| Global and regional skill of the seasonal predictions by WMO Lead Centre for Long-Range Forecast Multi-Model Ensemble - :15210 | National Weather Service (NWS)
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Global and regional skill of the seasonal predictions by WMO Lead Centre for Long-Range Forecast Multi-Model Ensemble
  • Published Date:
    2016
  • Source:
    International Journal of Climatology, 36(4), 1657-1675.
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Global and regional skill of the seasonal predictions by WMO Lead Centre for Long-Range Forecast Multi-Model Ensemble
Details:
  • Description:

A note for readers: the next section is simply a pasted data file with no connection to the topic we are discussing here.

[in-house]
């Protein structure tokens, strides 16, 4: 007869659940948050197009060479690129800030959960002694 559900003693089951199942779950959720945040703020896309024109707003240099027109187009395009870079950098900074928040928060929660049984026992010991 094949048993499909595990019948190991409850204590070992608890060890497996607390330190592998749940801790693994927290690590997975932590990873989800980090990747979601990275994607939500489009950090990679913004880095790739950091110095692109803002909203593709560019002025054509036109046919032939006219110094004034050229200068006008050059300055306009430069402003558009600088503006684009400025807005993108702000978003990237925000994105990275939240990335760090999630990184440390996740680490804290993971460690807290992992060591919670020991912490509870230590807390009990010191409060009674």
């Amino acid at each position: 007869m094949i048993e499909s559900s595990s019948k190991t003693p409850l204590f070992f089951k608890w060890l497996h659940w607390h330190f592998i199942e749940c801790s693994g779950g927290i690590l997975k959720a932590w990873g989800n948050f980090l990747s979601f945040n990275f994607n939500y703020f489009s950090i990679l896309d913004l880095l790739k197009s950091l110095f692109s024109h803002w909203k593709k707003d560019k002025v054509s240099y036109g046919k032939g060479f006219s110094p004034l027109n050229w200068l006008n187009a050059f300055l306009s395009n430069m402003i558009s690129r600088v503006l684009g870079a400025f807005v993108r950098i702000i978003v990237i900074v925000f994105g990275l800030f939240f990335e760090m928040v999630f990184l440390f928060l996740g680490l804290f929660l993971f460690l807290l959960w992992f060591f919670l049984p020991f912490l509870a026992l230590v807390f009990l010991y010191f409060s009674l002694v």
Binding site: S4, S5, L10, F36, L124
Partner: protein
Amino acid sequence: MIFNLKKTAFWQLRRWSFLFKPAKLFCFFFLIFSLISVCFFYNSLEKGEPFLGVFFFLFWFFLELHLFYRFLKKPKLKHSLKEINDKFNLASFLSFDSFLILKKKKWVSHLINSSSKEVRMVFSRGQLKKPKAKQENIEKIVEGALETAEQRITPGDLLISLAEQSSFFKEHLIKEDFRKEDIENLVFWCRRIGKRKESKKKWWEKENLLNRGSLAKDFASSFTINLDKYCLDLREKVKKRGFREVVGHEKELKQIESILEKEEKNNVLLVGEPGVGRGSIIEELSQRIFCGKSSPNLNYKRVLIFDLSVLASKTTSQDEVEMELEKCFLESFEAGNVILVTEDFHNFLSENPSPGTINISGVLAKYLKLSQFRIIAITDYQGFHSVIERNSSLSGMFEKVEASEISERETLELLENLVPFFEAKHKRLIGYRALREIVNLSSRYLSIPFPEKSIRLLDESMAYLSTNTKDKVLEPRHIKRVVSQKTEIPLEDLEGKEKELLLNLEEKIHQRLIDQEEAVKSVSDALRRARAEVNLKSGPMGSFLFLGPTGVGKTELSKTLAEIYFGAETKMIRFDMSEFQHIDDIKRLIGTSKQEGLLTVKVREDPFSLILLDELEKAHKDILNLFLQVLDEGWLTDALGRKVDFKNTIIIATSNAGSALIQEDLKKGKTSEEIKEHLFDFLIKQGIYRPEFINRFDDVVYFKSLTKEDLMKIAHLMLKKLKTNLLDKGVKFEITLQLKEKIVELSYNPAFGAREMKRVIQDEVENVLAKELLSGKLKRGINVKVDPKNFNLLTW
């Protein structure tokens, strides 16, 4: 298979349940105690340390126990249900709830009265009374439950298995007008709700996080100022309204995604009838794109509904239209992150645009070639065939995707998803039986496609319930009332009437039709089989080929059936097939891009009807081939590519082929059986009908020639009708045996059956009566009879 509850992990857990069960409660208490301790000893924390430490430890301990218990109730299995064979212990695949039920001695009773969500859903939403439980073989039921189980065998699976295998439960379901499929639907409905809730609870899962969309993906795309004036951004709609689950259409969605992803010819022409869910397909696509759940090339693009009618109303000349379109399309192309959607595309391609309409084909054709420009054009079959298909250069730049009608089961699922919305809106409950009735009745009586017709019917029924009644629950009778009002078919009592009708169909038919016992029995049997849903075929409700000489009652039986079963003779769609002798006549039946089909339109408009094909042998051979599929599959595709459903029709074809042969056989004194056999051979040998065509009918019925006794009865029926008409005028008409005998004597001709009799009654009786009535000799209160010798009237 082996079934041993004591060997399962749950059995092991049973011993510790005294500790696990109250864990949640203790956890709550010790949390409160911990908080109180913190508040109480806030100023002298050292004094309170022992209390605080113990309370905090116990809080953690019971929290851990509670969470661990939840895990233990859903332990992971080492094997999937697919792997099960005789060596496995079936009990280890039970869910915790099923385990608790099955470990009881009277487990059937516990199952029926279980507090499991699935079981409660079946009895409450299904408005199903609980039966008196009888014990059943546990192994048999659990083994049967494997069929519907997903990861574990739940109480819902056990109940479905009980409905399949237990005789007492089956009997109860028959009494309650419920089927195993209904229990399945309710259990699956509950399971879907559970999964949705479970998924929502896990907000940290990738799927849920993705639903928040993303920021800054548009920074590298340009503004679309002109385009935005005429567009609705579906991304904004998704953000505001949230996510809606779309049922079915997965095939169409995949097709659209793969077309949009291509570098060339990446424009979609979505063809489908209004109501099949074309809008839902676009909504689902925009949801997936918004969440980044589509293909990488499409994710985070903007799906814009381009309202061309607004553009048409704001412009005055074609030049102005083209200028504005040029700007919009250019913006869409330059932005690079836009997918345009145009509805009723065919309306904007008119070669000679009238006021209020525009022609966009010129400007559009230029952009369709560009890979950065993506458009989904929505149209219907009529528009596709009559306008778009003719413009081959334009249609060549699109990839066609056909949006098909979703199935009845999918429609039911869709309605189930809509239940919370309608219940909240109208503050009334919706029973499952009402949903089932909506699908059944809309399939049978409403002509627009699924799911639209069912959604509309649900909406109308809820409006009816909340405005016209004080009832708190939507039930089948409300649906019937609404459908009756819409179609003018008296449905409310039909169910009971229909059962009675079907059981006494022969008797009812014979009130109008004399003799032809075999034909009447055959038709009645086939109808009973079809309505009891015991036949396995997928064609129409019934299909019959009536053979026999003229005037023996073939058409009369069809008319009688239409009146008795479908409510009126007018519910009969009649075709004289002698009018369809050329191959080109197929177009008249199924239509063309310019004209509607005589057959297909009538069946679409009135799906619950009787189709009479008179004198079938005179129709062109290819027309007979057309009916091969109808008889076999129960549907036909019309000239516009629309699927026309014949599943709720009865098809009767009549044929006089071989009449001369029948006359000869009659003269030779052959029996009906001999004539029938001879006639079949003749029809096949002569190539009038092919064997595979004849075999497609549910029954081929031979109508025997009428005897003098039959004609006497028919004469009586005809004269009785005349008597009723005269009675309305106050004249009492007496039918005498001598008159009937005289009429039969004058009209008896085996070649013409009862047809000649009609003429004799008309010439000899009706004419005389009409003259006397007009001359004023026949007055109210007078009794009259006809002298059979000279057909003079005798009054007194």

The World Meteorological Organization (WMO) Lead Centre for Long-Range Forecast Multi-Model Ensemble (WMO LC-LRFMME) has been established to collect and share long-range forecasts from the WMO designated Global Producing Centres (GPC). In this study, the seasonal skill of the deterministic multi-model prediction of GPCs in WMO LC-LRFMME is investigated. The GPC models included in the analysis cover 30 years of common hindcast period from 1981 to 2010 and real-time forecast for the period from DJF2011/2012 to SON2014. The equal-weighted multi-model ensemble (MME) method is used to produce the MME forecast. We show that the GPC models generally capture the observed climatological patterns and seasonal variations in temperature and precipitation. However, some systematic biases/errors in simulation of the climatological mean patterns and zonal mean profiles are also found, most of which are located in mid-latitudes or high latitudes. The temporal correlation coefficients both of 2 m temperature and precipitation in the tropical region (especially over the ocean) exceed 95%, but drop gradually towards high latitudes and are even negative in the polar region for precipitation. The prediction skills of individual models and the MME over 13 regional climate outlook forum (RCOF) regions for four calendar seasons are also assessed. The prediction skills vary with season and region, with the highest skill being demonstrated by the MME forecasts for the regions of the tropical RCOFs. These predictions are strongly affected by the ENSO over Pacific Islands, Southeast Asia and Central America. Additionally, Southeast of South America and North Eurasian regions show relatively low skills for all seasons when compared to other regions.

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